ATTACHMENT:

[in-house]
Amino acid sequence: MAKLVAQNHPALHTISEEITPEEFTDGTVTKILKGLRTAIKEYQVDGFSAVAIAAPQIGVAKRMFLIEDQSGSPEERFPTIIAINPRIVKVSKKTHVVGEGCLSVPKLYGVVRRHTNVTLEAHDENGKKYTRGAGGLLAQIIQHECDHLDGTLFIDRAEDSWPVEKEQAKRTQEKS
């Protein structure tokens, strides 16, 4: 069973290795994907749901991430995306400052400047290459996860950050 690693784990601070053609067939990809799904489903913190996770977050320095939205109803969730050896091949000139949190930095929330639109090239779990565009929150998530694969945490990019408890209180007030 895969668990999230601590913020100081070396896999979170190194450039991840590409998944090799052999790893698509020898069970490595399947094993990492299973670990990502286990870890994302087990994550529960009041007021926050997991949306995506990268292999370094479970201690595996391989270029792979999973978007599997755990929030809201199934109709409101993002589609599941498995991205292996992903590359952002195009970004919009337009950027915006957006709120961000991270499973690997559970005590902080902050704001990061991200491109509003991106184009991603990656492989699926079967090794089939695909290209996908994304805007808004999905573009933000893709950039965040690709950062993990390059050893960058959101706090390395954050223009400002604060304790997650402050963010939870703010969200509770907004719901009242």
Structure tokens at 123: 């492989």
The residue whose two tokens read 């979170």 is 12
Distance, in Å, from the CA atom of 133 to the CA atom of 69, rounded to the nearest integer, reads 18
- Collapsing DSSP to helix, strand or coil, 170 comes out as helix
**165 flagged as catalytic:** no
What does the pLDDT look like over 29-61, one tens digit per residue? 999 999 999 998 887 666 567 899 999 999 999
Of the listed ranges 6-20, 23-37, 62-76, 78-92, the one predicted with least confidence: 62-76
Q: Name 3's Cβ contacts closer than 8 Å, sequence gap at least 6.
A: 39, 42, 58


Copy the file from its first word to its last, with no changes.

[in-house]
Amino acid sequence: MAKLVAQNHPALHTISEEITPEEFTDGTVTKILKGLRTAIKEYQVDGFSAVAIAAPQIGVAKRMFLIEDQSGSPEERFPTIIAINPRIVKVSKKTHVVGEGCLSVPKLYGVVRRHTNVTLEAHDENGKKYTRGAGGLLAQIIQHECDHLDGTLFIDRAEDSWPVEKEQAKRTQEKS
């Protein structure tokens, strides 16, 4: 069973290795994907749901991430995306400052400047290459996860950050 690693784990601070053609067939990809799904489903913190996770977050320095939205109803969730050896091949000139949190930095929330639109090239779990565009929150998530694969945490990019408890209180007030 895969668990999230601590913020100081070396896999979170190194450039991840590409998944090799052999790893698509020898069970490595399947094993990492299973670990990502286990870890994302087990994550529960009041007021926050997991949306995506990268292999370094479970201690595996391989270029792979999973978007599997755990929030809201199934109709409101993002589609599941498995991205292996992903590359952002195009970004919009337009950027915006957006709120961000991270499973690997559970005590902080902050704001990061991200491109509003991106184009991603990656492989699926079967090794089939695909290209996908994304805007808004999905573009933000893709950039965040690709950062993990390059050893960058959101706090390395954050223009400002604060304790997650402050963010939870703010969200509770907004719901009242």
Structure tokens at 123: 């492989």
The residue whose two tokens read 């979170």 is 12
Distance, in Å, from the CA atom of 133 to the CA atom of 69, rounded to the nearest integer, reads 18
- Collapsing DSSP to helix, strand or coil, 170 comes out as helix
**165 flagged as catalytic:** no
What does the pLDDT look like over 29-61, one tens digit per residue? 999 999 999 998 887 666 567 899 999 999 999
Of the listed ranges 6-20, 23-37, 62-76, 78-92, the one predicted with least confidence: 62-76
Q: Name 3's Cβ contacts closer than 8 Å, sequence gap at least 6.
A: 39, 42, 58